Spectrum Health to address vaping and teens

Virtual seminar planned for Feb. 10

Spectrum Health Reed City and Big Rapids hospitals is offering a free virtual seminar featuring experts on vaping from the Michigan Department of Health and Human Services and Spectrum Health’s tobacco and nicotine treatment program.

The seminar is from 6 to 6:45 p.m. on Feb. 10. Anyone can join on the virtual platform from a smartphone or laptop. To register, call 231-924-3073 or go online.

Featured experts are:

• Carolyn Chaudhary, MPH, e-cigarette expert, MDHHS

• Libby Stern, LMSW, NCTTP, Nationally certified Tobacco Treatment Specialist, Spectrum Health

• Caitlin Schucker, CHES®️, Tobacco Treatment Specialist, Spectrum Health

“Nicotine is one of the Top 5 most addictive drugs known to man, and with vaping and e-cigarette use on the rise, we are facing a significant health challenge among teens and individuals," said Scott Lombard, manager of community health at Spectrum Health Big Rapids and Reed City Hospitals. "Nicotine use has been linked to slower brain development in teens and can affect their memory, learning, and self-control.”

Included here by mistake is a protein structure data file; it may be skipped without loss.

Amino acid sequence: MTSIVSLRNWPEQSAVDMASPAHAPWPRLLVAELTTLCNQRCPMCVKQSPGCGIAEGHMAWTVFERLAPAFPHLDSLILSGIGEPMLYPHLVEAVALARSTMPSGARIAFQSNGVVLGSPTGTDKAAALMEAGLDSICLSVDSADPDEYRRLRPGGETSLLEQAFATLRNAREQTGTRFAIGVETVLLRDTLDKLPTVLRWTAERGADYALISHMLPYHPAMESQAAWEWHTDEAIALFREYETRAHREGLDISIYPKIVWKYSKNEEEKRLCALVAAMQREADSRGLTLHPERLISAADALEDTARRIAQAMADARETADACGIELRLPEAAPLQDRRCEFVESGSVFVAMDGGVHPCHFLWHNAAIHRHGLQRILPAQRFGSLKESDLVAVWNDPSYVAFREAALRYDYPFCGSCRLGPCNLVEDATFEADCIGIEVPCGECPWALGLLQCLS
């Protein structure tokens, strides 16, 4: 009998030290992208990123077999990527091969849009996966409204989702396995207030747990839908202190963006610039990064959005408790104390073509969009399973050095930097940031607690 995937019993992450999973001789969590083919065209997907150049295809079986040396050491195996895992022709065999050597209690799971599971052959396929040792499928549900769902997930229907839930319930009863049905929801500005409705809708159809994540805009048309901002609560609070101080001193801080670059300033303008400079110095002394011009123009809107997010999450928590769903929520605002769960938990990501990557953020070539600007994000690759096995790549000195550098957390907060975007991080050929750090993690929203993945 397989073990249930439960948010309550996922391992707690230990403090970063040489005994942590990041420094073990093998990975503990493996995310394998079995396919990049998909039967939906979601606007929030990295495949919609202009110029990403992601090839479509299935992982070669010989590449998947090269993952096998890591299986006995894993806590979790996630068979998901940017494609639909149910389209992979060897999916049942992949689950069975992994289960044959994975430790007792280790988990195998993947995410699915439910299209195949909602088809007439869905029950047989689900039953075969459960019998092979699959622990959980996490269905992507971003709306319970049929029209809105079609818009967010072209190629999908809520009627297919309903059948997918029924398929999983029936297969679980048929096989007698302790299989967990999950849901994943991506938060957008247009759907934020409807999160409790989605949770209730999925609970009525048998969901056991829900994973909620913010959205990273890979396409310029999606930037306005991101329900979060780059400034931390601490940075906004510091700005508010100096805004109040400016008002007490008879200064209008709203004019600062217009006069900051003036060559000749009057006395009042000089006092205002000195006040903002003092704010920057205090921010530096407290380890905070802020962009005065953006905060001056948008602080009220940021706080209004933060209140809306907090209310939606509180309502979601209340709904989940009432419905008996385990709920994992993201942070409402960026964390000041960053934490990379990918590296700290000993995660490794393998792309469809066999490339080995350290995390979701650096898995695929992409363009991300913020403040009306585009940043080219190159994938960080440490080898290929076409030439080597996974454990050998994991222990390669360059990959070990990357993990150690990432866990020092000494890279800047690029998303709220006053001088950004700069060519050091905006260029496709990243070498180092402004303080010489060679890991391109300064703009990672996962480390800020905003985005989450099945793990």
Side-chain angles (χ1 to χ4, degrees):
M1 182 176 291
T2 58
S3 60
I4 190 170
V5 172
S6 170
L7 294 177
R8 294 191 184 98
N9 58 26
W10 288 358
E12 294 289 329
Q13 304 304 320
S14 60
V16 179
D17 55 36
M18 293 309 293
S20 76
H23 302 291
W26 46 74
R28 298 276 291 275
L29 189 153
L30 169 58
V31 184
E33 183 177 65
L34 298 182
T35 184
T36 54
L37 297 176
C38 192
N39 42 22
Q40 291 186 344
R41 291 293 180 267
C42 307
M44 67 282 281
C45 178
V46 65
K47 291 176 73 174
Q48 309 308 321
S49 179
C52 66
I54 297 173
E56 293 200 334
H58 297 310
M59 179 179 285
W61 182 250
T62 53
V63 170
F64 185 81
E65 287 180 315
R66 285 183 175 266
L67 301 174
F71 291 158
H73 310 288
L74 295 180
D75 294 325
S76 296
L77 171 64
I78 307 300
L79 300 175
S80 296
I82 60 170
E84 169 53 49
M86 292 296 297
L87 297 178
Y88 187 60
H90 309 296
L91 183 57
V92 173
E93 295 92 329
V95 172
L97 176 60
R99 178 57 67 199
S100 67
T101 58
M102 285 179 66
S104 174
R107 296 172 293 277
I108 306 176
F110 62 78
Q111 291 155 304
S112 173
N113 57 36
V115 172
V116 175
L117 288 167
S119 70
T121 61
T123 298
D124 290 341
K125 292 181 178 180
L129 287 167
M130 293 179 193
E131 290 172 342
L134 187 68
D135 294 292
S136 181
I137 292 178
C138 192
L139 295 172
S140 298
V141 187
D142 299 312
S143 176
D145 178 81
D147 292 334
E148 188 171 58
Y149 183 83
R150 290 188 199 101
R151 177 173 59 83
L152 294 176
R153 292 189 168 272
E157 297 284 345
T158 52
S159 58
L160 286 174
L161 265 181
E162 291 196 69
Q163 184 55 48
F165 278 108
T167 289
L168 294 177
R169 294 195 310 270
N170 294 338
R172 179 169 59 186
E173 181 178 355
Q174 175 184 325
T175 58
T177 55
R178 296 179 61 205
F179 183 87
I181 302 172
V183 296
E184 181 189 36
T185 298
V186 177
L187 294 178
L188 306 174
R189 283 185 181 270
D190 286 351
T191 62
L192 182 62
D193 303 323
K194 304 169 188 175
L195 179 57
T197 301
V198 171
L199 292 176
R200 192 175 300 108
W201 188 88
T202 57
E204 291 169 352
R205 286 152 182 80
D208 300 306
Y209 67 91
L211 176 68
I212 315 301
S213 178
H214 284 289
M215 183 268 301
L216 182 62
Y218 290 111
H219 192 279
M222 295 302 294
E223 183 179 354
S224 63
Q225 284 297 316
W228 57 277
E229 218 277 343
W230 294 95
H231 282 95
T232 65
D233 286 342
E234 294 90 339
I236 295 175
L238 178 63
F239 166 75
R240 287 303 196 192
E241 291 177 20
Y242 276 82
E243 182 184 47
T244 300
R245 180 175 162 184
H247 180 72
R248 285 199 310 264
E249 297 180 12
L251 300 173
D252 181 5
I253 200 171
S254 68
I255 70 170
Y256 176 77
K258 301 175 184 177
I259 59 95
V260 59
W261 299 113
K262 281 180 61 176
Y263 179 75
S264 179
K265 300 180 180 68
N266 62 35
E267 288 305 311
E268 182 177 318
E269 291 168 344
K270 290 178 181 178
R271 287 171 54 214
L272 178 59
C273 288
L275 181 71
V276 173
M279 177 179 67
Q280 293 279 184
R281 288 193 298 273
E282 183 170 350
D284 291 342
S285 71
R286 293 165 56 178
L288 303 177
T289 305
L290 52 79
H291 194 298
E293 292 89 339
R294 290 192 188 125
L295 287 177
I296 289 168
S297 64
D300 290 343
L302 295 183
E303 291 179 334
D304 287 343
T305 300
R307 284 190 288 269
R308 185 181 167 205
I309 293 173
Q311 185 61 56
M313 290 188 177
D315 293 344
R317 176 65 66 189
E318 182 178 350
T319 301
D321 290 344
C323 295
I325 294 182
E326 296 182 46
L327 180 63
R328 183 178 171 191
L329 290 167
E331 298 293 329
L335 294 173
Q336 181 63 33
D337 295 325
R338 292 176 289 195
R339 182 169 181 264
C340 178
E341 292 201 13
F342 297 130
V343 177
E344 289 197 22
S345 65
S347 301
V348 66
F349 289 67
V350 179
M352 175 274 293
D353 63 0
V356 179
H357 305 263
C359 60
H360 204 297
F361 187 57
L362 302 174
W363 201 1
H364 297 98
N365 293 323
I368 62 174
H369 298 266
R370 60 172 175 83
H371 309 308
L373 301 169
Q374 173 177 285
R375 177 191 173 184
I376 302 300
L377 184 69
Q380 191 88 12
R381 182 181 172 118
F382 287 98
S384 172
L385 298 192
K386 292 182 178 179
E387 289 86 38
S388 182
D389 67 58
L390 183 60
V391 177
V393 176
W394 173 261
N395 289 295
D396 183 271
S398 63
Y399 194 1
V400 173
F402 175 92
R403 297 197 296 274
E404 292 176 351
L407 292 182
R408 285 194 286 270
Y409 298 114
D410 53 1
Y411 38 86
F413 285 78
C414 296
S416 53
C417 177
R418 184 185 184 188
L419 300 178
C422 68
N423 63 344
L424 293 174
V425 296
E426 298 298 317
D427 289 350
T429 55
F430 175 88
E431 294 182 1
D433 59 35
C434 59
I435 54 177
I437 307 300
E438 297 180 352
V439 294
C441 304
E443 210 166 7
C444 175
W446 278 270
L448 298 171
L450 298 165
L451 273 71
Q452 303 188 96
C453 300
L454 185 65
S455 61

“With our free virtual seminar, we hope to equip families and individuals with tools they can use to navigate youth conversations about vaping," he added. "We will also address social norms and how social media influences youth perception. Our panel of experts are on the frontlines of the effort to reduce vaping and e-cigarette use in local communities, and we are excited to have them share this valuable information.”

Across the United States, e-cigarettes, also known as vaping, has reached epidemic levels, threatening to hook a new generation of young people on nicotine. According to the Centers for Disease Control and Prevention, the use of any tobacco and nicotine product, including e-cigarettes, is unsafe for young people.

About 1 of every 5 high school students reported in 2020 that they used electronic cigarettes in the past 30 days and about 1 of every 20 middle school students reported in 2020 that they used e-cigarettes in the past 30 days, CDC data shows.